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Minister proposes new way to measure sector performance

Published on: 27/11/2013

WASH sector actors should aim to reach 100% safe water coverage and it is against that target that performance should be measured. The further the sector falls below the 100% mark, the more work there is to be done. Such was the advice of the Ugandan Minister of Water and Environment

What will it take for Uganda to attain 100% access to safe and affordable water? For the foreseeable future, many stakeholders in the Water Sanitation and Hygiene (WASH) sector will be racking their brains to find an answer to this question. 

This follows an impassioned appeal by the Minister of Water and Environment, Professor Ephraim Kamuntu, to all WASH actors to aim for 100% access as their target – nothing less. The Minister was closing the 2013 Annual Water and Environment Joint Sector Review meeting (29-31 October), at the Commonwealth Resort, Munyonyo. He referred to the appeal as a “flagship” undertaking – among three others. 

In the undertakings for 2013/14, participants had resolved to increase coverage from the current 64% to 66%. But the Minister argued that setting such a target meant that 34% of the population would continue living without access to safe and affordable water.

He urged participants to use the human rights approach, whereby it is everyone’s right to access safe and affordable water.  Thus, from the human rights perspective, sector actors should be aiming at 100% coverage and that is the figure against which performance should be measured i.e the further below 100% the sector finds itself, the more work there is to do.

“With 34% of the population still walking long distances to fetch water, we end up spending a lot of resources on the consequences of not having access to safe water,” he said.

He enumerated some of the consequences including:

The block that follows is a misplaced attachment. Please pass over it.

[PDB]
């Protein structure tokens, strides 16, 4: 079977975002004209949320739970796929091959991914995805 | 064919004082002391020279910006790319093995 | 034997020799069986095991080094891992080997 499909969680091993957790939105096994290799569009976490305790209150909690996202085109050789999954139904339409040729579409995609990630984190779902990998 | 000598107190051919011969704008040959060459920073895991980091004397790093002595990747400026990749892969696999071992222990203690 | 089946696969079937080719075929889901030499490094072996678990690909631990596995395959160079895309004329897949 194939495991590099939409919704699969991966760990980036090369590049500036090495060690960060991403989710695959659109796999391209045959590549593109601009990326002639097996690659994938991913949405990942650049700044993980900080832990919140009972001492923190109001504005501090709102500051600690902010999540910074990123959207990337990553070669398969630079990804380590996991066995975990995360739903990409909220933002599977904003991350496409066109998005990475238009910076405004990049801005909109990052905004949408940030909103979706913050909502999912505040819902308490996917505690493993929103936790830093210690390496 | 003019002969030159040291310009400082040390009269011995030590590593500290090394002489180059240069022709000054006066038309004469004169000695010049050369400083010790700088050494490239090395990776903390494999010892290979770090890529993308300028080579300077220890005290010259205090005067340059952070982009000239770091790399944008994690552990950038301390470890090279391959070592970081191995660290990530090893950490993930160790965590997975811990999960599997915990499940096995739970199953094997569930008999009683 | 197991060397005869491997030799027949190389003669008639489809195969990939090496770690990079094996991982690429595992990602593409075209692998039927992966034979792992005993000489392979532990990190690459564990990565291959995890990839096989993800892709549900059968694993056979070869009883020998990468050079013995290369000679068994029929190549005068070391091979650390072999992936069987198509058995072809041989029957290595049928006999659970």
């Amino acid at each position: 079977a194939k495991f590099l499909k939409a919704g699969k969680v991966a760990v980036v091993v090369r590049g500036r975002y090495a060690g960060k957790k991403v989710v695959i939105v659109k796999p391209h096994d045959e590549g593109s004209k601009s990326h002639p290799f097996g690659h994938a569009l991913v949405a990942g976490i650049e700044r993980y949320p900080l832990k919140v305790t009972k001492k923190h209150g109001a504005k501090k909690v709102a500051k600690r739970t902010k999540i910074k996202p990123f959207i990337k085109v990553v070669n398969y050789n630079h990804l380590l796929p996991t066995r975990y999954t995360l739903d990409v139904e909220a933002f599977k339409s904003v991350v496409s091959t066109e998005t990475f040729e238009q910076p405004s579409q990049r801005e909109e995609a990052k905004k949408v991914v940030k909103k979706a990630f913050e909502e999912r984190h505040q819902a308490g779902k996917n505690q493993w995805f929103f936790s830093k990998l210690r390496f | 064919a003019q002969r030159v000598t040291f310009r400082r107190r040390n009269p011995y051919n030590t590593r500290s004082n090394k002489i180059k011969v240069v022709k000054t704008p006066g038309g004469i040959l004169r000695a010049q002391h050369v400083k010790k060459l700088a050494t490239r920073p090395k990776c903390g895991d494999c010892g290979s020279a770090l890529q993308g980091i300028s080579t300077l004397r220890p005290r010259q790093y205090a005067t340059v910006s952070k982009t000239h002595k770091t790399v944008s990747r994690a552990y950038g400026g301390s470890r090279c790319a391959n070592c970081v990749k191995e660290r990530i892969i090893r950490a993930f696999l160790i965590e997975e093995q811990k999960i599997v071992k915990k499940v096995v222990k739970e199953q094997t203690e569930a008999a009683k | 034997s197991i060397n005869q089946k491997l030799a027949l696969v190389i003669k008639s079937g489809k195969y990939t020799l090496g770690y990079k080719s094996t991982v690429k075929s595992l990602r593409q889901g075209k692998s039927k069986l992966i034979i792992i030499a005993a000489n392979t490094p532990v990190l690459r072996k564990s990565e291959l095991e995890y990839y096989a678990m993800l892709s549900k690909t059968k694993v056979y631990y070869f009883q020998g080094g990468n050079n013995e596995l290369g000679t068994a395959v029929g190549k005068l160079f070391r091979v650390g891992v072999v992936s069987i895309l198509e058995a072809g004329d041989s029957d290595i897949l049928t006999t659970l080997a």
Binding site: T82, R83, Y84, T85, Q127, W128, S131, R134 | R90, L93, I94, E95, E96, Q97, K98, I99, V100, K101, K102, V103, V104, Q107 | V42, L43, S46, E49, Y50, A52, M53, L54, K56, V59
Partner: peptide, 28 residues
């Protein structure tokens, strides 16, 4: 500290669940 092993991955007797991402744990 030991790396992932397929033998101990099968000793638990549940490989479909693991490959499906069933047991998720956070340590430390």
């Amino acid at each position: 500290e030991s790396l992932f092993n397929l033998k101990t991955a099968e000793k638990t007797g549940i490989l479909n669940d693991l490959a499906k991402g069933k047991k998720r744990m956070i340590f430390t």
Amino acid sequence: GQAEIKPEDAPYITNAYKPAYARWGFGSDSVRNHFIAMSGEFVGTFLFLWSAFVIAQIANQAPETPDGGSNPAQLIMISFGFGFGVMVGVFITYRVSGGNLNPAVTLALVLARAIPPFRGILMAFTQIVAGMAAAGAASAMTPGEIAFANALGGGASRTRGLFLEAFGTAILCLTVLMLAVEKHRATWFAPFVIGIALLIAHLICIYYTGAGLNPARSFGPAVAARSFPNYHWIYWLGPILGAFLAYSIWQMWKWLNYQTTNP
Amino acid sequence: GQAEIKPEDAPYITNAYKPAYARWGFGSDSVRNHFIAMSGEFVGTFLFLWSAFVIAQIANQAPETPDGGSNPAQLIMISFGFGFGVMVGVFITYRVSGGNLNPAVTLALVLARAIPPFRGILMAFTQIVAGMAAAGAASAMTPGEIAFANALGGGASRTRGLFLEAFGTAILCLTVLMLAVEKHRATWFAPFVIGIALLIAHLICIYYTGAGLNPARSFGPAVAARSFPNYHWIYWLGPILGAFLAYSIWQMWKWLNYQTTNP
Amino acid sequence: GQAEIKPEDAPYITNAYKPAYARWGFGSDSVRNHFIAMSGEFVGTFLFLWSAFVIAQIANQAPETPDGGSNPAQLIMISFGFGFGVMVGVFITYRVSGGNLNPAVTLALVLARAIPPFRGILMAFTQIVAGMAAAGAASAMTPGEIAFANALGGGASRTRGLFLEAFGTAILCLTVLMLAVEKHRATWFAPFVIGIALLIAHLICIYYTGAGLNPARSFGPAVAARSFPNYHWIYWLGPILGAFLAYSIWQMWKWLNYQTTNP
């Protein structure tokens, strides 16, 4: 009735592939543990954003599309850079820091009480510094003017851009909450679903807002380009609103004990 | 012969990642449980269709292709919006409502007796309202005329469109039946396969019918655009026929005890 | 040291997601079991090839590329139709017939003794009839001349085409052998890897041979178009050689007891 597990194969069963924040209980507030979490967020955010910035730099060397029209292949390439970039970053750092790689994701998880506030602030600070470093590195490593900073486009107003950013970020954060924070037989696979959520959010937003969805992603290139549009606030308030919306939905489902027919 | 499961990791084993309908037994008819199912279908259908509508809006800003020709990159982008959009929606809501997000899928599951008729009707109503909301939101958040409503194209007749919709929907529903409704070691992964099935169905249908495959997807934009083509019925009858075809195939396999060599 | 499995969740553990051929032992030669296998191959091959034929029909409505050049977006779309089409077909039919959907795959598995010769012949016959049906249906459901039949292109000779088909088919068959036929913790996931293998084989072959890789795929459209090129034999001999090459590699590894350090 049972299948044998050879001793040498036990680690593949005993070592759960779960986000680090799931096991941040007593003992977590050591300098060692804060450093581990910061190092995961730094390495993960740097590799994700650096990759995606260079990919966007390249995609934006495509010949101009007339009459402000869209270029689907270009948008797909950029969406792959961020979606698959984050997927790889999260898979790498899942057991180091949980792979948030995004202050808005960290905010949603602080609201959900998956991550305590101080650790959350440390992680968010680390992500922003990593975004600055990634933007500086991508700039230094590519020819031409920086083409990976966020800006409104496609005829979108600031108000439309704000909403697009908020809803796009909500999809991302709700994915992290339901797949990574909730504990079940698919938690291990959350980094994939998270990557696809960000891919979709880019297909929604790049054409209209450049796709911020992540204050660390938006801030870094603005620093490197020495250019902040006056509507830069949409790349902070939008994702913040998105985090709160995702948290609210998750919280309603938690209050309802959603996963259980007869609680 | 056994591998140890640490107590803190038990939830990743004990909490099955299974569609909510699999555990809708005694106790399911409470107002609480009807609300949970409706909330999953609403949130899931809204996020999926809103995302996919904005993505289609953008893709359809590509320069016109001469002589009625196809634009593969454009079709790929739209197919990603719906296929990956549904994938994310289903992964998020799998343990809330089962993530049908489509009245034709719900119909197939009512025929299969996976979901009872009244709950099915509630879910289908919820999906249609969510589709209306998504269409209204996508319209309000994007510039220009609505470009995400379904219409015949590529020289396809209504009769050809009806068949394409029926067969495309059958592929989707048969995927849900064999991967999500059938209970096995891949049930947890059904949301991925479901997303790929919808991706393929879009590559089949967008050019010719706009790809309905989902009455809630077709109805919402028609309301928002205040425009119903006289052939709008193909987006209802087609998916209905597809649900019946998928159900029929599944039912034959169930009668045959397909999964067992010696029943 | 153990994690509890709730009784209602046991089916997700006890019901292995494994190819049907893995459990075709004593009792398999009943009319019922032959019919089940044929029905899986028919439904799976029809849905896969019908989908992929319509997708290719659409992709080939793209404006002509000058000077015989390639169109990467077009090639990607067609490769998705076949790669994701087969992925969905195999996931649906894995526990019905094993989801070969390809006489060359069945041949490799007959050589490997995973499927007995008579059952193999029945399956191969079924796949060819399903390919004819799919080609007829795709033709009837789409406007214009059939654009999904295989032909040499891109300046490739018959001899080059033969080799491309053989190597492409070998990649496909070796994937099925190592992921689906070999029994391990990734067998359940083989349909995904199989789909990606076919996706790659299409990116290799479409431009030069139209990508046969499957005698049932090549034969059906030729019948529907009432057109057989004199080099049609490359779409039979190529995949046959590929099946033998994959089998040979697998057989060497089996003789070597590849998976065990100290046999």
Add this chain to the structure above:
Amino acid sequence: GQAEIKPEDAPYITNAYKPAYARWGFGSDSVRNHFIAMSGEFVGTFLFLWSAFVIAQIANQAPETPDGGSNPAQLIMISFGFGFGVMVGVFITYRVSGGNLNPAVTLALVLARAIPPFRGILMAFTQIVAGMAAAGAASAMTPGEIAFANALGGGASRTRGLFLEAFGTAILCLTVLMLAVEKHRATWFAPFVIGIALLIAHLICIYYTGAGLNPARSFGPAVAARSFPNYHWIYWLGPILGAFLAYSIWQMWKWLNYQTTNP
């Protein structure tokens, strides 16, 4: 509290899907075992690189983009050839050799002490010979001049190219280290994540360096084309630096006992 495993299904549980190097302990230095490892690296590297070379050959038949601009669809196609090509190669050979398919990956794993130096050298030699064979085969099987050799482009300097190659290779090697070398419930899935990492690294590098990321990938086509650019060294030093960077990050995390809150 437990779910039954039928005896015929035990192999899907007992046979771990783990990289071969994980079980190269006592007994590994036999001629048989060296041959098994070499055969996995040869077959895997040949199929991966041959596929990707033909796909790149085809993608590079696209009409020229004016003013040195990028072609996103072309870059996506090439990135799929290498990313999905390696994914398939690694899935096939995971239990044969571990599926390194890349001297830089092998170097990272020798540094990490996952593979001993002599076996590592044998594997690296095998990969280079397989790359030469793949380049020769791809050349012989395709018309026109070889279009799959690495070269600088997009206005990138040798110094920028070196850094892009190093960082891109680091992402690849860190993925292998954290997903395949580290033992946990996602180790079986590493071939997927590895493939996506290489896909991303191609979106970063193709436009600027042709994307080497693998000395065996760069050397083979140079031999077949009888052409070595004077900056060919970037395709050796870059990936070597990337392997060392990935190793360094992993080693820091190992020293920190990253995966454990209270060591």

• Children not attending school
  • Children being defiled and sexually abused on their way to or from sources far away from home
  • Women suffering under the burden of domestic/household chores
  • Numerous incidents of diseases relating to use of unsafe water

Minister Kamuntu recommended that one of the ways to attain 100% safe water coverage is through “earnest undertaking of rainwater harvesting”. He also recommended that people need to be sensitized about the need to maintain functionality of water sources. He decried the lack of maintenance of facilities which leads to their failure within just a few years of installation.

The Minister concluded that provision of water to all Ugandans would depend greatly on the degree of attitude, commitment and orientation.

This appeal comes hot on the heels of a policy directive issued by the Permanent Secretary, Ministry of Water and Environment in November 2012 in which all Chief Administrative Officers were asked to ensure that ALL villages have access to clean and safe water supply. The directive also urged local governments to prioritise the provision of water to all unserved villages in rural areas, small towns and all government institutions over the next two financial years – 2013/14 and 2014/15. The directive was anchored in the concern that the provision of water and sanitation in rural areas and small towns had stagnated at 64-65% over the years.

The Minister’s appeal also comes just two years ahead of 2015 the timeframe for the Millennium Development Goals (MDGs) within which the Ministry of Water and Environment has set clear targets for access to safe water – 77% for rural population and 100% for the urban population. According to the Ministry’s golden indicators, access is measured by the percentage of the population with access to an improved water source within 1kilometre for rural areas and within 0.2kilometre for urban areas.